Two hundred and thirty horsepower: 60 years ago it’s what the Maserati 250F grand prix car could call upon. Thirty years ago it was the Porsche 911’s output. And today it’s what an Audi TT has. In base form, that is…
Such is the pace of progress. How revealing it would be to get these cars together! So that’s what we have done. Apart from the 250F that is; there wasn’t one of those in the car park at the time…
Today’s TT and a 911 of 1986 don’t at first glance have much in common. Or at second or third glances. But bear with.
First, the Audi. We wanted to have another go in the base version after enjoying the top-end TT S we had last week. The TT is now much more a driver’s car, as the great Hannu Mikkola showed when he rekindled Scottish quattro memories and kindly blasted us up the Rest & Be Thankful hillclimb.
First hurdle to jump: is the TT S now the TT to have if a TT you must have? The power hike makes it quicker (0-62mph in just under 5secs) but not memorably more special to drive. It’s £6k up on the 230bhp quattro coupe and, sure, you get better seats, Audi ‘magnetic ride’ dampers and other toys as well as the extra power, but really – just how fast do you want to go in your TT? And for similar money a Porsche Cayman (or Boxster) would surely be a more rewarding (if less practical) alternative.
The base 230bhp TT is still a cracker of a car, and just as convincing a driving proposition in quattro or front-drive forms, as a convertible or coupe. But tick too many boxes (we’d do without the 19s and S Line suspension for sure) and the price/enjoyment ratio can quickly go awry. Keeping it simple is the key.
‘The rear-drive 911 lacks the TT’s grip and understeers more. And oversteers more. And sometimes it feels like it’s understeering and oversteering at the same time.’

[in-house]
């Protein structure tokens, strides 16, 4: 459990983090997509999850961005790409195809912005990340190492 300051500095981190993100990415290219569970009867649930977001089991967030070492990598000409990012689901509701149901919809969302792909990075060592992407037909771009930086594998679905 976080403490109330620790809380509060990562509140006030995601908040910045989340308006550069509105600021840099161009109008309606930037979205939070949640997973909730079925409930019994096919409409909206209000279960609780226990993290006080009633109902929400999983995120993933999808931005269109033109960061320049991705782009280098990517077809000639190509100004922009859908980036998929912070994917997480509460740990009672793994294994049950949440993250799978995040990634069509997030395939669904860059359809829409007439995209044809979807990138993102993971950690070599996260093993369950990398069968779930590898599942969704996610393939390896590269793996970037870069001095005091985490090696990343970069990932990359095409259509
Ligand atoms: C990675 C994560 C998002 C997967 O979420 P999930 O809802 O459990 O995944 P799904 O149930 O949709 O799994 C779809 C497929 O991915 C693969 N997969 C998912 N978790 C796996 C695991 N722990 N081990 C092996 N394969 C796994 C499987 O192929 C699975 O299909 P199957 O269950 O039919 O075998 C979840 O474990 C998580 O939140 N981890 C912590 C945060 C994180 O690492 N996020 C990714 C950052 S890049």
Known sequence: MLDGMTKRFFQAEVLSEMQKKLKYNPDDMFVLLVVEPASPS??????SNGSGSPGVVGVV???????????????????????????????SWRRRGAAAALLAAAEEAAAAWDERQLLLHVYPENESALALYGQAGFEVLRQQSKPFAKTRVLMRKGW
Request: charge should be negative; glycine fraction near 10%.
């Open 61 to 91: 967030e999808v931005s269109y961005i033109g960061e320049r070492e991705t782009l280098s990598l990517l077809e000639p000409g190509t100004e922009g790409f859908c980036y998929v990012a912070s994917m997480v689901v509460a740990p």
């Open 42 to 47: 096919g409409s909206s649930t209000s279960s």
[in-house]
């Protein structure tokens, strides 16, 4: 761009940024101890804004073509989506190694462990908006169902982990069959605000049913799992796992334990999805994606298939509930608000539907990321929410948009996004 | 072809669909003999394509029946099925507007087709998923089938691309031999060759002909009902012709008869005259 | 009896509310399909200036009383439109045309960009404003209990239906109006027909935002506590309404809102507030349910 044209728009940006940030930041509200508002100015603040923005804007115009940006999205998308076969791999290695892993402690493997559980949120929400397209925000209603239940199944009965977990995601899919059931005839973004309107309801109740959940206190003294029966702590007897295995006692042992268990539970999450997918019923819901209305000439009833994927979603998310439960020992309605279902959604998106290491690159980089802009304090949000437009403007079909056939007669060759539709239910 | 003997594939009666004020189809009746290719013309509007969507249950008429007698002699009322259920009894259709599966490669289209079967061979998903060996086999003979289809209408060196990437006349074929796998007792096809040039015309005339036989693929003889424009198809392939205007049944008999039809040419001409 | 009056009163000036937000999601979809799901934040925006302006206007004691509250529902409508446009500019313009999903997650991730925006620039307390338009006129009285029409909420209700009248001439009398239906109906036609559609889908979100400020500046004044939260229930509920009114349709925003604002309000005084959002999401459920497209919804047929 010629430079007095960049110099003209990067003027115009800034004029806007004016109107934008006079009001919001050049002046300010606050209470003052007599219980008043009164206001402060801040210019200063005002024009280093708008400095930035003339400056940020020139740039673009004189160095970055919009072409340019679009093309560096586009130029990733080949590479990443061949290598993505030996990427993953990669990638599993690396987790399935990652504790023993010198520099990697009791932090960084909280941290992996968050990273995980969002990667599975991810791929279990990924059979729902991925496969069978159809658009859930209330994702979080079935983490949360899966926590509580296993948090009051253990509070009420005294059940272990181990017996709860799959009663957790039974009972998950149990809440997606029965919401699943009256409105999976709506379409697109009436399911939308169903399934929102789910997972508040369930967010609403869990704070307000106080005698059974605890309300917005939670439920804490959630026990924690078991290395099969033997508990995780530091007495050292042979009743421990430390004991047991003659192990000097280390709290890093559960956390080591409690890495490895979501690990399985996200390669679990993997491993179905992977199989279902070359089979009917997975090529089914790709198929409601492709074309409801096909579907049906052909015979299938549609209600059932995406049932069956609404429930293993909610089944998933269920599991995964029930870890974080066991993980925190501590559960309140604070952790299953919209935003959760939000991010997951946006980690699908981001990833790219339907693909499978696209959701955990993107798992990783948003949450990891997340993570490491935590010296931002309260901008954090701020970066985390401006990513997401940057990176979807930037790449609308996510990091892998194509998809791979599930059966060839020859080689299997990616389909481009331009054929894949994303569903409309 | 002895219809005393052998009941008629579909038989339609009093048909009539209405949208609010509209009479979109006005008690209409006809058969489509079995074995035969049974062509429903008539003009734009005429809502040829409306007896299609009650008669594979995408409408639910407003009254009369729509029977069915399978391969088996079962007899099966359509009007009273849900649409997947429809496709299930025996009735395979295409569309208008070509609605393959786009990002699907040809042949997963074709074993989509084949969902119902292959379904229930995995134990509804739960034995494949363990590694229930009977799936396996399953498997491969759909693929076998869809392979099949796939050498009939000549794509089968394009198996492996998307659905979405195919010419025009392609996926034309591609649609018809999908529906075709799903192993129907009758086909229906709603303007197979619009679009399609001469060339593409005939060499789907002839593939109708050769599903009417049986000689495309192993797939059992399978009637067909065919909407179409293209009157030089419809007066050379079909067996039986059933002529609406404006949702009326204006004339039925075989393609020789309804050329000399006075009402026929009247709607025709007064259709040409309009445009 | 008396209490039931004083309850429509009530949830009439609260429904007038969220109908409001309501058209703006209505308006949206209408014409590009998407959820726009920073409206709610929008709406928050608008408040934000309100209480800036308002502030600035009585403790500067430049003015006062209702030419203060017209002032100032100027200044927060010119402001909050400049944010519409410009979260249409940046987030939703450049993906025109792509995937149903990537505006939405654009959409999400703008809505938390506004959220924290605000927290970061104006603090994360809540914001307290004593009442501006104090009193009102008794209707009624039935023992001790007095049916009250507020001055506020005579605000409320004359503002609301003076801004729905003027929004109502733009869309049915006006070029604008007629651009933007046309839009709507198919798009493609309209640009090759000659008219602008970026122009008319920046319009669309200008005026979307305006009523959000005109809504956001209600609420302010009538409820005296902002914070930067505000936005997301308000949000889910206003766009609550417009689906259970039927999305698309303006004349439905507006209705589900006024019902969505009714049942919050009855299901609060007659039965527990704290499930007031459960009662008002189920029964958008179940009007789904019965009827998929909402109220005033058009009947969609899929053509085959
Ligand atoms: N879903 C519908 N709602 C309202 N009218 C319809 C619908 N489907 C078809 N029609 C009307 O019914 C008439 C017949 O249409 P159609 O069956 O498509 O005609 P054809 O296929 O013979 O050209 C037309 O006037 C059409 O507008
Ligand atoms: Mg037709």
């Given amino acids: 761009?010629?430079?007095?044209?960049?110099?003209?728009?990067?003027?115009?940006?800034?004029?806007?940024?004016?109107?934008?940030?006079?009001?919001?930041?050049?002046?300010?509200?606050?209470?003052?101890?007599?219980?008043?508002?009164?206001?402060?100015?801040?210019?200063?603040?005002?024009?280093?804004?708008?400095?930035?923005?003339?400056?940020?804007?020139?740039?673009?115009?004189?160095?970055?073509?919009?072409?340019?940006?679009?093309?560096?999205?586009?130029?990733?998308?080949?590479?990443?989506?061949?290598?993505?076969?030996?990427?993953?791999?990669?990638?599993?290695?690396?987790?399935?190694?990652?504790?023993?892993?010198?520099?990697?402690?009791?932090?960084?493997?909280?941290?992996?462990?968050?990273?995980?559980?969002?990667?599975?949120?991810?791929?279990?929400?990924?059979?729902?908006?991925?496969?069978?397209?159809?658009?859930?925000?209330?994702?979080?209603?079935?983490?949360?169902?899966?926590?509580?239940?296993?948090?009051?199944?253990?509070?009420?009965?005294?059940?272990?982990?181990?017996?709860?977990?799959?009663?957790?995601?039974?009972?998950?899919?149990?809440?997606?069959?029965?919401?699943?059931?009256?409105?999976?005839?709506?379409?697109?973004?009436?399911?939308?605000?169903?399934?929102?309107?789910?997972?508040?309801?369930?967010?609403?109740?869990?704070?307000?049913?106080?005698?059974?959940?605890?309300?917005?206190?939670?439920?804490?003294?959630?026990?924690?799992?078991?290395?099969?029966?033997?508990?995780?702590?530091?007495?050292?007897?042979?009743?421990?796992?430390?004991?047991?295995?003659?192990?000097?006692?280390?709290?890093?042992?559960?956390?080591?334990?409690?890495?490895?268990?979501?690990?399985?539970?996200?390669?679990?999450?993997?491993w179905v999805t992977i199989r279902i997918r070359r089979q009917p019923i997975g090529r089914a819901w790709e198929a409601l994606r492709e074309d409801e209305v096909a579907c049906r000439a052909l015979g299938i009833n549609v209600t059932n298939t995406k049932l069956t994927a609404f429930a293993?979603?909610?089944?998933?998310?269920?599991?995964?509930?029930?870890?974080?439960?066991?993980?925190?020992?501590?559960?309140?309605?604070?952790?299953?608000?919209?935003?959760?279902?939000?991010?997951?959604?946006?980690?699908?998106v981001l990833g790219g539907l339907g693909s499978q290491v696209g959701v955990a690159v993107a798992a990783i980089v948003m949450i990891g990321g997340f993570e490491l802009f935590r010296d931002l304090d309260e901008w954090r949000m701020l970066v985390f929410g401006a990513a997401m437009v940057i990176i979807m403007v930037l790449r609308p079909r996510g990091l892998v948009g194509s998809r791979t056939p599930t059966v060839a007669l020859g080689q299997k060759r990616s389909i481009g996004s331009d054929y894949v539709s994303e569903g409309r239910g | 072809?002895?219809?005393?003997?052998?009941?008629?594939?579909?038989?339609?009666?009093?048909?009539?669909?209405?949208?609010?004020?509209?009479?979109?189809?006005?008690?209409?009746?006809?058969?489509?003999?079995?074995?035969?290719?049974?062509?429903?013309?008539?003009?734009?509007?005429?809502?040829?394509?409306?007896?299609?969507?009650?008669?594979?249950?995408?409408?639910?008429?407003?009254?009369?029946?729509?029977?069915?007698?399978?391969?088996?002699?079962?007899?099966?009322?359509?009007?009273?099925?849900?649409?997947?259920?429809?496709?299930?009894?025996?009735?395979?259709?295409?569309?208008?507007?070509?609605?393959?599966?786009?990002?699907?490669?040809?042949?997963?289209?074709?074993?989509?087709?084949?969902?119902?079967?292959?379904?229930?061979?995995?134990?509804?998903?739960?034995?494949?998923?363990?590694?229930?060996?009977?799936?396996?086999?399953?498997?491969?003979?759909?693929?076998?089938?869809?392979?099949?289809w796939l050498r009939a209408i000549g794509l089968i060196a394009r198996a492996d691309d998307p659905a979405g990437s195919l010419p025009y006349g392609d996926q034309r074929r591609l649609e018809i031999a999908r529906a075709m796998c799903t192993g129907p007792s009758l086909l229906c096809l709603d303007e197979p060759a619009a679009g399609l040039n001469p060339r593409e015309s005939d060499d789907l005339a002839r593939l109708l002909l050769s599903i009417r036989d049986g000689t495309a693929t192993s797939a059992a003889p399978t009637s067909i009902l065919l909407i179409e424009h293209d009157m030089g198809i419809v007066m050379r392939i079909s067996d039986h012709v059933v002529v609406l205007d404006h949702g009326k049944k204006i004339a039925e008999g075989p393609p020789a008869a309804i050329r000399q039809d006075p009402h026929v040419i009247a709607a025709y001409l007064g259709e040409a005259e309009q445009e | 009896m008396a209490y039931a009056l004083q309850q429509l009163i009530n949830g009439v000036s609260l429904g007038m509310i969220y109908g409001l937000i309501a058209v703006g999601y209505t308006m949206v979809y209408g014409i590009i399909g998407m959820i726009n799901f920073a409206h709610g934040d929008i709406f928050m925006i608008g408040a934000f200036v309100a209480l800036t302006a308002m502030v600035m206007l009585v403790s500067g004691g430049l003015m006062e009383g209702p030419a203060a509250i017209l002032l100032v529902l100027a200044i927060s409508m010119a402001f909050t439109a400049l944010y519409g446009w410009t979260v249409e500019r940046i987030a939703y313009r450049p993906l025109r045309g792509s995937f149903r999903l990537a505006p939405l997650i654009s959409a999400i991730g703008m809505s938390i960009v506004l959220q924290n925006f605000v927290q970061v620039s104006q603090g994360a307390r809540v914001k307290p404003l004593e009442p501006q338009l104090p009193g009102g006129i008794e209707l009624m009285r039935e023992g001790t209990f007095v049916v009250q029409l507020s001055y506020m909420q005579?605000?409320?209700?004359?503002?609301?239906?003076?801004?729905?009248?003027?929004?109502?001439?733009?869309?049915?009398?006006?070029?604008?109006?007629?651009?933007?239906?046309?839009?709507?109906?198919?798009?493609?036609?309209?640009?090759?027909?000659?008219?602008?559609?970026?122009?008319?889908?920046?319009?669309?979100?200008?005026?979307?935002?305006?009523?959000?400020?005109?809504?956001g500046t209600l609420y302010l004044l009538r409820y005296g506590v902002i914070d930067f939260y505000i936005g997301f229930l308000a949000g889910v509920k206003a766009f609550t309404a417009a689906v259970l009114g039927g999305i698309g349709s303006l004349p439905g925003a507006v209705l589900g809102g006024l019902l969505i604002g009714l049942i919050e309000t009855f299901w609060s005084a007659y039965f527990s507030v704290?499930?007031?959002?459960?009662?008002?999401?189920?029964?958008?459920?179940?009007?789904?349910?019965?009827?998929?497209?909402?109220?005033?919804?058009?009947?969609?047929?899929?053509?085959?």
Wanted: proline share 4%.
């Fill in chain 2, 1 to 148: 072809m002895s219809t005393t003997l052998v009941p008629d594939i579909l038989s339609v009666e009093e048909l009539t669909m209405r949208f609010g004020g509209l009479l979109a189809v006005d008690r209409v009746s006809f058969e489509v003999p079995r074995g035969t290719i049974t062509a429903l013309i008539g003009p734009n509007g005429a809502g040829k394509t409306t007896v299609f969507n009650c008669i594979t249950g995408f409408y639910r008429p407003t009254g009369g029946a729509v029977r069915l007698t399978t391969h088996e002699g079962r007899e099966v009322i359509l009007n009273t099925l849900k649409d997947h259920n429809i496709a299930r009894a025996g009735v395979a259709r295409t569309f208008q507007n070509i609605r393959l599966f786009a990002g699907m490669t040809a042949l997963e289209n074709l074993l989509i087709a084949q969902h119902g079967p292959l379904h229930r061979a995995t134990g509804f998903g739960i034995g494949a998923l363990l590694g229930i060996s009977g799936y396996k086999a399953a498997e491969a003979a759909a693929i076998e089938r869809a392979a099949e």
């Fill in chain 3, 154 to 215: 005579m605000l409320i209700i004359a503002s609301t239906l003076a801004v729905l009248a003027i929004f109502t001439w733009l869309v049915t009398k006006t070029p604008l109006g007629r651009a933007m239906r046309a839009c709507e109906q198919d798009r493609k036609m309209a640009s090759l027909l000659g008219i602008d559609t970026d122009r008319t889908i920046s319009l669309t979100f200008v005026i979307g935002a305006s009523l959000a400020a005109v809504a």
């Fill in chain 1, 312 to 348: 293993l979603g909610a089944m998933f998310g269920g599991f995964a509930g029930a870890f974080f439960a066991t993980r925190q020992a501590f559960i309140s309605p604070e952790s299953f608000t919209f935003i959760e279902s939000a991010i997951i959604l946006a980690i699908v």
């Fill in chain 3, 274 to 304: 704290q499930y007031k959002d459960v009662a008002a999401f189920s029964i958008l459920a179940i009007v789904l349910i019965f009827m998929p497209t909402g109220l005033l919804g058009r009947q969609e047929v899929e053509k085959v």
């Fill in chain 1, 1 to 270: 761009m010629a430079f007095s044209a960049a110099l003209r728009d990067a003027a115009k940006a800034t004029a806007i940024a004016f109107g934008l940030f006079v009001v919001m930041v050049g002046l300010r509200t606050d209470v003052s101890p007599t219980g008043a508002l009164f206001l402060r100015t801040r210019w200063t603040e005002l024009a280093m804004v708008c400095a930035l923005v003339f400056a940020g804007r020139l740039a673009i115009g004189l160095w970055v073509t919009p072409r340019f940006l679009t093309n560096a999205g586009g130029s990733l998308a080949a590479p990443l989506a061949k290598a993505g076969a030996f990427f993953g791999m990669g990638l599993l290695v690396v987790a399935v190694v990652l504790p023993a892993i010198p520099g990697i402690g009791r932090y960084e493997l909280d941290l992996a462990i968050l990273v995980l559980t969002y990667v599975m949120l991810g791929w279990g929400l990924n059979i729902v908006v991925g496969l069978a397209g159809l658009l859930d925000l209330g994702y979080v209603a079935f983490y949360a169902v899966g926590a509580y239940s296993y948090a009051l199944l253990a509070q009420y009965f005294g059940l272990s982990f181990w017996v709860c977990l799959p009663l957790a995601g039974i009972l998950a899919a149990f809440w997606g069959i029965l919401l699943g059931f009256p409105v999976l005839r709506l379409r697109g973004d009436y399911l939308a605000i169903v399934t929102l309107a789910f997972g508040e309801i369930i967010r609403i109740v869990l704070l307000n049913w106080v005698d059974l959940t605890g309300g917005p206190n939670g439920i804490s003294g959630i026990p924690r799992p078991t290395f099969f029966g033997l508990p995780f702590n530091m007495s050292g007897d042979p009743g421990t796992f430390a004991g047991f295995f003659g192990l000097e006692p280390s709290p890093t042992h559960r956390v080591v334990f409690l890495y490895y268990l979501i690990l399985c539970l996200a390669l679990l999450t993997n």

As Audi has done with the hood, that’s hood, not 100kg of transformable metal and glass that many convertibles rely on these days, and the TT is all the better for it. Apart that is from an unfinished look with the hood down; it’s all beautifully flush, but there are gaps left on the rear deck big enough to get your hand down. Not very Audi.
And so to the 911. It would be difficult to find a more diametrically opposed two-door. Six versus four cylinders, normal breathing vs turbocharging, air vs water-cooling, rear vs front engine. For all that the 230bhp (231 in the 911) performance is the same at 0-62mph in 6secs and a 155mph top speed.
The 911 has one gear less but makes up for it with a lower kerb weight at 1166kg (TT coupe: 1305). Gearchanging in the 911 is not quite as slick (and, er, no paddleshift option…) but like the Audi engine (which never feels as if it’s turbo’ed) it’s torquey throughout the speed range. And it sounds proper. Far better than the Audi engine, even with the lift-off exhaust burps on offer with the S Tronic auto ‘box. The 911 never burps – it just screams.
The TT’s handling, even in base front-drive, is pretty neutral as you would expect and it understeers only really when you misjudge an entry speed. The rear-drive 911 lacks the TT’s grip and understeers more. And oversteers more. And sometimes it feels like it’s understeering and oversteering at the same time. But it does have perfectly geared steering and lots of feel – sometimes too much. The TT’s steering has the precision without the pain; for a modern set-up it’s very good.
The old Porsche will do 28mpg on a run, the new Audi 47mpg, but has the 911 has the bigger tank so max touring range is about the same at 500 miles.
There are things in the TT which you can’t get in this 911. Like a row of tiny microphones sewn into the seat belts (so you don’t have to shout when using the phone – doh!). Ditto LED Matrix lights, ESP, four-wheel drive, satnav, power steering, anti-lock brakes and airbags. The 911 does come with a heater, of sorts. The Porsche is available as both a convertible and Targa and, a rival for the TT S, there’s the Turbo version if you want to go faster. No diesel option though…
Inside the 911 goes with a row of five black dials with white numbers and red pointers, along with an assortment of fiddly switches spread around the cabin as if located by blunderbuss. The TT comes with a driver-configurable digital virtual cockpit and an MMI controller.
So there you have it, a clear win for the 1986 911 (well come on, what did you expect?)
The latest Audi TT is still a bit of a smasher, probably perfectly judged for its market – and incidentally the TT is more popular in the UK than anywhere else in the world.
TT owners will love it – but we’ll stick with the golden oldie!
Photography: Matt Vosper